I do wikis for the various challenges. I'm trying to make sure I didn't promise to do one for a challenge and then forgot. Sorry for not being clear!
Beautiful artwork! And thanks for sharing the spreadsheet look, this looks very interesting. :)
Lovely thread, Jean. I really like how you have set it up, and the images are so beautiful. And that spreadsheet!!
I absolutely love the images you have chosen to represent your monthly categories!
Ooh, I love the images that you've chosen. Sounds like you've done lots of work for the group already.
Hey guys! Thanks for the kind words. I've visited all your threads and hope every one of us in the group have a wonderful reading year. So much else breaks my heart about the world, so reading is my crutch and my heart-saving tactic.
I've used an extra spot #18 to list a FEW of the series I want to finish or make more headway in for 2018. We'll see how well I do. I need to read 1000 books a year!
The artwork for your categories is gorgeous! They will be a pleasure to revisit every time you add another book I am sure! I set up my own spreadsheet a number of years ago in Google Spreadsheets. I keep track of target age (adult, YA, juvenile), number of pages, what form/source (Kindle, library, shelf), and genre. I subtotal each month and keep YTD numbers up-to-date monthly. I like that it is in the cloud so I can add to it wherever and whenever I want. It's fun to compare my progress.
Favorite Books of 2017: (in no particular order and subject to an addition through end of December)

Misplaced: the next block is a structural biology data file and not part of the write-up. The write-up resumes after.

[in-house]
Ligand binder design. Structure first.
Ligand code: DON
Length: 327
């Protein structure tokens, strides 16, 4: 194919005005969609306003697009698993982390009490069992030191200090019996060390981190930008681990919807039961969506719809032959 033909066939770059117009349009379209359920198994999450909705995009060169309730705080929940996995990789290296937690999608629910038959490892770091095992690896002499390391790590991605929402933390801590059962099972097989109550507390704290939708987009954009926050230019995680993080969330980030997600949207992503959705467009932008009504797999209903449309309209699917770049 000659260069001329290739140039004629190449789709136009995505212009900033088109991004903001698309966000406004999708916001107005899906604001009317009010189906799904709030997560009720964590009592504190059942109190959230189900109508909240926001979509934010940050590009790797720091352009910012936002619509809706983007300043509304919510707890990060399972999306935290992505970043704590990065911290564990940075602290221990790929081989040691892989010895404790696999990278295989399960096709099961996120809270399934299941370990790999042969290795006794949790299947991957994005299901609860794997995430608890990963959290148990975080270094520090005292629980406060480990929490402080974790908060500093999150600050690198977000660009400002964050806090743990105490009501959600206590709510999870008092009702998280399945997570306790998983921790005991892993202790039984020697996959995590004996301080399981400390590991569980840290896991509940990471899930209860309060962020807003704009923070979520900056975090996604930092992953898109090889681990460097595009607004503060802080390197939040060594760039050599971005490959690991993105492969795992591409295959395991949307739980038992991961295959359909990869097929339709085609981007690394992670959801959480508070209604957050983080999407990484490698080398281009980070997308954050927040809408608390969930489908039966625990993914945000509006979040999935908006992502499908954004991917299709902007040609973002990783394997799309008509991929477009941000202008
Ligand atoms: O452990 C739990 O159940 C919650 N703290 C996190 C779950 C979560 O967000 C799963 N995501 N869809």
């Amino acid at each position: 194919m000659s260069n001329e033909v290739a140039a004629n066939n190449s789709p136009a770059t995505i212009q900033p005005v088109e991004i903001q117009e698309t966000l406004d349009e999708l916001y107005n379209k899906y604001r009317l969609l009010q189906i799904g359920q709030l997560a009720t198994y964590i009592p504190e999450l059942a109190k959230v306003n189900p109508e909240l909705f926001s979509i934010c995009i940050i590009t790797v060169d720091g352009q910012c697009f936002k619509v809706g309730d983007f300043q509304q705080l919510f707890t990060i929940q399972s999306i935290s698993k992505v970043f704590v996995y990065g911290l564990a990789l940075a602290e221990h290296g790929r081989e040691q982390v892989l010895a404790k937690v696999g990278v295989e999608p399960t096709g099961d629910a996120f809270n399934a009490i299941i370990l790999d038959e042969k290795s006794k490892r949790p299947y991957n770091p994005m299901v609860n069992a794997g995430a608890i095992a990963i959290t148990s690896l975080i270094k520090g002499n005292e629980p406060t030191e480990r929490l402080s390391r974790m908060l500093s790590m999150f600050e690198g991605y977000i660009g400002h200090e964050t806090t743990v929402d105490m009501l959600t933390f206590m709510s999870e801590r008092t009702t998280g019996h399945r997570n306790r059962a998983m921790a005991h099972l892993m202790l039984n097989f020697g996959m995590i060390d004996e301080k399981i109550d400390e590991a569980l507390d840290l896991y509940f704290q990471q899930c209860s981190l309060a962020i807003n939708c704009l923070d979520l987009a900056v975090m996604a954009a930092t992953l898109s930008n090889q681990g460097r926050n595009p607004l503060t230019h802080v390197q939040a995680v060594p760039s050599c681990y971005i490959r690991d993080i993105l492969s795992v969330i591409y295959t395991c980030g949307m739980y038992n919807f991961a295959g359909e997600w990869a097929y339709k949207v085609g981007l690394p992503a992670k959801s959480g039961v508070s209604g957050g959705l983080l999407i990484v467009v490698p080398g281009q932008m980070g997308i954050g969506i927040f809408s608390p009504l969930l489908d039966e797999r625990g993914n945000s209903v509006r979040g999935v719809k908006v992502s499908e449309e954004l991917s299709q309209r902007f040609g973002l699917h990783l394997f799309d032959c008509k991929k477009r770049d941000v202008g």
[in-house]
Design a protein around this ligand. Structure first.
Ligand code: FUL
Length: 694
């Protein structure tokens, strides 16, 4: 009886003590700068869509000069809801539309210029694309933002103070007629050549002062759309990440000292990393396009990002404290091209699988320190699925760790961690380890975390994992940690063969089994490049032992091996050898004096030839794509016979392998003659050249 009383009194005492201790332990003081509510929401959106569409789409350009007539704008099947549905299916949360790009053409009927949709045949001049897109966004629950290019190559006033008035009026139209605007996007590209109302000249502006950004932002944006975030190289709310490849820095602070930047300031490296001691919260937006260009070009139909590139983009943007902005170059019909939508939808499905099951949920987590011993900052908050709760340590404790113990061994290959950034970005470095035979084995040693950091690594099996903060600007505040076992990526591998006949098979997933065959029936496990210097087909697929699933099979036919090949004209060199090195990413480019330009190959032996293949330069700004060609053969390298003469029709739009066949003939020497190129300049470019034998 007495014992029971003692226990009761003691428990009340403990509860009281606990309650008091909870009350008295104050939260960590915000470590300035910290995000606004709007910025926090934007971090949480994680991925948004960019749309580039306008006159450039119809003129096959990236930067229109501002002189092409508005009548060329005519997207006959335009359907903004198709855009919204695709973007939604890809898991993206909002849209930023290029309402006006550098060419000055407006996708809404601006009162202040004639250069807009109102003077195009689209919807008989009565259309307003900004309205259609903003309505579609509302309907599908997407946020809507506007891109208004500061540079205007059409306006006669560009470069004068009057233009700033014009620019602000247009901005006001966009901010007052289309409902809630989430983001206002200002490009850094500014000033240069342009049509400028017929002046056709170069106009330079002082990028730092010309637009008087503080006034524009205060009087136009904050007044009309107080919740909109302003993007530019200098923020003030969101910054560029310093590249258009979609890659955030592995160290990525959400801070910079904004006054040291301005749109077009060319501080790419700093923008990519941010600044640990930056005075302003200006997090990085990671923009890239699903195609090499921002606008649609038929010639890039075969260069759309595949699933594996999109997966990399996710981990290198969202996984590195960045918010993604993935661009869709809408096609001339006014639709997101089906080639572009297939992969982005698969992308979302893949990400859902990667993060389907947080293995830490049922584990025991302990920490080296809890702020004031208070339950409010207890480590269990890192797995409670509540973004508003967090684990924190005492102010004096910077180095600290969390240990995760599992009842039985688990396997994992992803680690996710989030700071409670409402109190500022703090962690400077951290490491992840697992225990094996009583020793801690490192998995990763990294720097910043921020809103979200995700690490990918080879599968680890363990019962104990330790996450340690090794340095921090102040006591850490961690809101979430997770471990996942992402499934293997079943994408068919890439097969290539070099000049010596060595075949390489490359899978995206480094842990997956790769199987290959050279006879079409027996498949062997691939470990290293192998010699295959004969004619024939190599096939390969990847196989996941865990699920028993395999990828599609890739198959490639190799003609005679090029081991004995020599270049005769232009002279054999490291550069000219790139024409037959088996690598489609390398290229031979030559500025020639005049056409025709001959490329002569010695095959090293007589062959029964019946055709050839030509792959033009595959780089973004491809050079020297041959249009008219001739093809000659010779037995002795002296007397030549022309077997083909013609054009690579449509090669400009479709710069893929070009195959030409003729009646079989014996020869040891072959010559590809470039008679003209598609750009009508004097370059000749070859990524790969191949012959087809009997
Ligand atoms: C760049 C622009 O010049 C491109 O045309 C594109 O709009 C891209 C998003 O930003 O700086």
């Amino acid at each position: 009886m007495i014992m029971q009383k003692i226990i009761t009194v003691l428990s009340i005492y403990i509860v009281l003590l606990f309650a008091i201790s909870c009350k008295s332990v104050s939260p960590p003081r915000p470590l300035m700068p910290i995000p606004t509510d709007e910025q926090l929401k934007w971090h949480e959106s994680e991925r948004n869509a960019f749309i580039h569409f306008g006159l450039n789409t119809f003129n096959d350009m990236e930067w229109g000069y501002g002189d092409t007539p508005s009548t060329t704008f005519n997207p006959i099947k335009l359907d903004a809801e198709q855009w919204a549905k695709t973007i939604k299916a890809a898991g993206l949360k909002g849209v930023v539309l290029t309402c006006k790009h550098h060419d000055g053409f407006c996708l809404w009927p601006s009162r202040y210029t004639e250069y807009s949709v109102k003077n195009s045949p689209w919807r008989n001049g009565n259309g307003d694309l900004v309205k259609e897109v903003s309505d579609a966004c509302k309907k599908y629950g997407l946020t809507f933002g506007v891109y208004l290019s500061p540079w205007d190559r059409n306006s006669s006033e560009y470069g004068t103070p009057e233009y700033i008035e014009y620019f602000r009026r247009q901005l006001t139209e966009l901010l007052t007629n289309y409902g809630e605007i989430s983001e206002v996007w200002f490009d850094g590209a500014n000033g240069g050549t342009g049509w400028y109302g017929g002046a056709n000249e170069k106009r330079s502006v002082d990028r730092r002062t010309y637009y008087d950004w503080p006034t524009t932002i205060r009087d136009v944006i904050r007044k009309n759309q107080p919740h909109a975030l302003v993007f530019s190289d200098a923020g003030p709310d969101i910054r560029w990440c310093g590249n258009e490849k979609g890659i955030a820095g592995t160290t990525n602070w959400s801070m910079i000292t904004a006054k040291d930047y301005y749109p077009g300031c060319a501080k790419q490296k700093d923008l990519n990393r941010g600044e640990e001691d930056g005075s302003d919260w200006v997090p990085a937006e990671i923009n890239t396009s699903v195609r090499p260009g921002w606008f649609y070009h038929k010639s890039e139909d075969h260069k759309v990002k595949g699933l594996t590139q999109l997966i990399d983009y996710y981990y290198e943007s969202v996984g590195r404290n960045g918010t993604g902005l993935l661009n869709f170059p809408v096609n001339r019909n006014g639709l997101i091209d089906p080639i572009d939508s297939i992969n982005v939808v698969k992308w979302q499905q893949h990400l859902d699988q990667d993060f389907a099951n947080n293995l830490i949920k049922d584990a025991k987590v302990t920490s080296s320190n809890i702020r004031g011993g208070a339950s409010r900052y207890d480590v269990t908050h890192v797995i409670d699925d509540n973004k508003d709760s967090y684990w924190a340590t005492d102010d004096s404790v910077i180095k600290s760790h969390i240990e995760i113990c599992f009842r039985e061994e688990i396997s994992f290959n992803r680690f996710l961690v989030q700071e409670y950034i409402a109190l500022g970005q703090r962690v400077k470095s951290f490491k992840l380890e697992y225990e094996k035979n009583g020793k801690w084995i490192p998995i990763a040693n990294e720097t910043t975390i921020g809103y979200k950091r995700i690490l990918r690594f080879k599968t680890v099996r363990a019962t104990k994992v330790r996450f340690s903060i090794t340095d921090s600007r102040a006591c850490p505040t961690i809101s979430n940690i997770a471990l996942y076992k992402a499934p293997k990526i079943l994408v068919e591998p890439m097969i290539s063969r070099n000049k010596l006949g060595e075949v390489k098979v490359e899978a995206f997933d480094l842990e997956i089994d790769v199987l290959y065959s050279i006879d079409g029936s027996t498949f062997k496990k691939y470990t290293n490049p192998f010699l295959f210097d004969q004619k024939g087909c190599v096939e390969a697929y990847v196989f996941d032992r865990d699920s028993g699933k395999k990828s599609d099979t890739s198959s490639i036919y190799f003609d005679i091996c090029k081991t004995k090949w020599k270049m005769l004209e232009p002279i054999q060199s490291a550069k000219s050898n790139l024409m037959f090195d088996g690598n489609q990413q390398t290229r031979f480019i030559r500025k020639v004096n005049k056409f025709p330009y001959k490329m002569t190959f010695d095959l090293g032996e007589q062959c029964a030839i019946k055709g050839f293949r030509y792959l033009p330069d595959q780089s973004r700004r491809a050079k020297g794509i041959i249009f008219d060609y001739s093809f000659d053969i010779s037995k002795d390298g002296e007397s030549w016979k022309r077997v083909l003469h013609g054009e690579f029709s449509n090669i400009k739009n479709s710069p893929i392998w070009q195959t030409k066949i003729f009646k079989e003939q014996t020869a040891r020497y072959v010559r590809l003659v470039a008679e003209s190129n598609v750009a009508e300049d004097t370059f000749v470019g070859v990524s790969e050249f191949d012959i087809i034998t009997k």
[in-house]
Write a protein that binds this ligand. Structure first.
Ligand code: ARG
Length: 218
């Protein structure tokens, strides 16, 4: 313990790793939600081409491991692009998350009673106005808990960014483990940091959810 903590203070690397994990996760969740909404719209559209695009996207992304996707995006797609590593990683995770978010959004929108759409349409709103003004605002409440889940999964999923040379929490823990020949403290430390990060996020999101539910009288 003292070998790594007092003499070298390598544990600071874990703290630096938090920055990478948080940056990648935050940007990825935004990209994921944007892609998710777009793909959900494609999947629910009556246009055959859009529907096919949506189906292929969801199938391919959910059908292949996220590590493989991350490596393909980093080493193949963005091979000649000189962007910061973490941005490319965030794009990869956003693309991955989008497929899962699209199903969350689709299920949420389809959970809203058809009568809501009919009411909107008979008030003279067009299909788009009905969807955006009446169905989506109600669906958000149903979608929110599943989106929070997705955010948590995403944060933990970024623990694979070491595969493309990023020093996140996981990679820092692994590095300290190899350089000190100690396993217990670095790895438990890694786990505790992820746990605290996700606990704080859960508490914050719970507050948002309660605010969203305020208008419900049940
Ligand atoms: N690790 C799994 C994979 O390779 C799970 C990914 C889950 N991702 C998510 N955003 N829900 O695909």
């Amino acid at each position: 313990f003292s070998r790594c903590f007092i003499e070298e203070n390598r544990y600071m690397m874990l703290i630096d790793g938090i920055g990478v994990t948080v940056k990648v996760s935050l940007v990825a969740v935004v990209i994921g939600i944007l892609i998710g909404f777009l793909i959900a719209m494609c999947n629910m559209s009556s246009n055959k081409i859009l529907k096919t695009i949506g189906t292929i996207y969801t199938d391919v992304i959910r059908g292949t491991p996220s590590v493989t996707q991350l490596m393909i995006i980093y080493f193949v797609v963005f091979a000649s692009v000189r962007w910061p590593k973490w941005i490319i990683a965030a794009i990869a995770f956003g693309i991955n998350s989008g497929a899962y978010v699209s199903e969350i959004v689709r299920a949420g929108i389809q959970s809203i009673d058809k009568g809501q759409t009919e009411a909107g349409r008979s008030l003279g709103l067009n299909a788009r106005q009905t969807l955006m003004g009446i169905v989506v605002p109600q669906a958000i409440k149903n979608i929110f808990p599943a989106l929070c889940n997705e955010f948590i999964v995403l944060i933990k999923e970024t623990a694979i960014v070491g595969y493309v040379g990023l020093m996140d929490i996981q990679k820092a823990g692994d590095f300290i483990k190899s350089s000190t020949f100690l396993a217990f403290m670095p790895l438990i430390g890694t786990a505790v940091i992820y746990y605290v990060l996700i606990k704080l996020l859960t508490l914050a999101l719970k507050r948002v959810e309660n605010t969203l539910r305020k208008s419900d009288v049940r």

Waking the Moon - Elizabeth Hand
The Steerswoman - Rosemary Kirstein
A Darker Shade of Magic - V.E. Schwab
Dagger and Coin series - Daniel Abraham
Behind the Throne - K. B. Wagers
Six Wakes - Mur LAfferty
We Are Legion (We Are Bob) Dennis E. Taylor
Children of Time - Adrian Tchaikovsky
Uprooted - Naomi Novik
The Red Knight - Miles Cameron
>44 majkia: is it that time already, favorites of 2017? Where did this year go?
>46 majkia: It's refreshing to have a new beginning coming up isn't it? Best wishes for a great year.
>48 christina_reads: :)
>47 clue: Yeah, but.... I was all excited about starting a new year of reading and jumping right into things.... But... Well, Hopefully.... I'm due for cataract surgery on 2 January.
That said, now if it goes half as well as the first eye went two years ago, it won't affect my reading too badly for more than a day or two. Fingers crossed!
Best wishes on a speedy recovery! What did you like about We Are Legion? I keep having Audible recommend it to me, but didn't know anyone who had actually read it.
At the moment I have lined up:
KITs and CATs:
RandomCAT: "Book bullet" - The Christie Curse - Victoria Abbott - and AlphaKIT
RTT: "Cold" - Ice Hunt- James Rollins
MysteryCAT: "Nordic" - The Hanging Girl- Jussi Adler-Olsen
ColorCAT : "Black" - Black Dog - Steven Booth
ScaredyKIT: "Gothic" - The Scar - China Mieville (and AlphaKIT)
SFF KIT: "Wanted to read last year" - The Scar - China Mieville
Throw The Dice: They Shall Have Stars - James Blish
Malaz - Gardens of the Moon - Steven Erikson
KIT Trick! The Scar - for Alpha, Scaredy, and SFF KITs!
The Scar sounds really interesting! I've read a number of Mieville's books.
>58 mamzel: I've really liked every Mieville book I've read. And they are each very different from each other. And all have a very unconventional view of reality and what is important.
Hadn't had a chance to get here yet. Love your pictures for your categories. Also your comment in #42 about reading 1000 books a year. I'm in the same boat.